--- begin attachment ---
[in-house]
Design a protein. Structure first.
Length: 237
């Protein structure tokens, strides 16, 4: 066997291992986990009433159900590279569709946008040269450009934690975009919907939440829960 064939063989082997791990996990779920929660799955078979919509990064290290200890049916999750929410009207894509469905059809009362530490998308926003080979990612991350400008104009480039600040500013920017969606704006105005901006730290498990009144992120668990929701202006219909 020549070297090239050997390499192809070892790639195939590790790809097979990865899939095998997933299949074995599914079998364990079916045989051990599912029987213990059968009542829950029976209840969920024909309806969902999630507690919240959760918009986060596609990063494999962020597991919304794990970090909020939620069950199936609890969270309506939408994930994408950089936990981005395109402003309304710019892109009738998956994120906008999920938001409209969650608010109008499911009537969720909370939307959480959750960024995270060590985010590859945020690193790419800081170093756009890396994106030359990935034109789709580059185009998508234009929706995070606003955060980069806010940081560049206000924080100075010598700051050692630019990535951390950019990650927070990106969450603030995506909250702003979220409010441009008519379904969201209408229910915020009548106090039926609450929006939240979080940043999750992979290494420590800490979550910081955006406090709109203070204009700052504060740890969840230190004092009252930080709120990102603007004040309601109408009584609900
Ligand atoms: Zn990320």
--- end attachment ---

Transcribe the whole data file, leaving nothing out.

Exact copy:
[in-house]
Design a protein. Structure first.
Length: 237
């Protein structure tokens, strides 16, 4: 066997291992986990009433159900590279569709946008040269450009934690975009919907939440829960 064939063989082997791990996990779920929660799955078979919509990064290290200890049916999750929410009207894509469905059809009362530490998308926003080979990612991350400008104009480039600040500013920017969606704006105005901006730290498990009144992120668990929701202006219909 020549070297090239050997390499192809070892790639195939590790790809097979990865899939095998997933299949074995599914079998364990079916045989051990599912029987213990059968009542829950029976209840969920024909309806969902999630507690919240959760918009986060596609990063494999962020597991919304794990970090909020939620069950199936609890969270309506939408994930994408950089936990981005395109402003309304710019892109009738998956994120906008999920938001409209969650608010109008499911009537969720909370939307959480959750960024995270060590985010590859945020690193790419800081170093756009890396994106030359990935034109789709580059185009998508234009929706995070606003955060980069806010940081560049206000924080100075010598700051050692630019990535951390950019990650927070990106969450603030995506909250702003979220409010441009008519379904969201209408229910915020009548106090039926609450929006939240979080940043999750992979290494420590800490979550910081955006406090709109203070204009700052504060740890969840230190004092009252930080709120990102603007004040309601109408009584609900
Ligand atoms: Zn990320």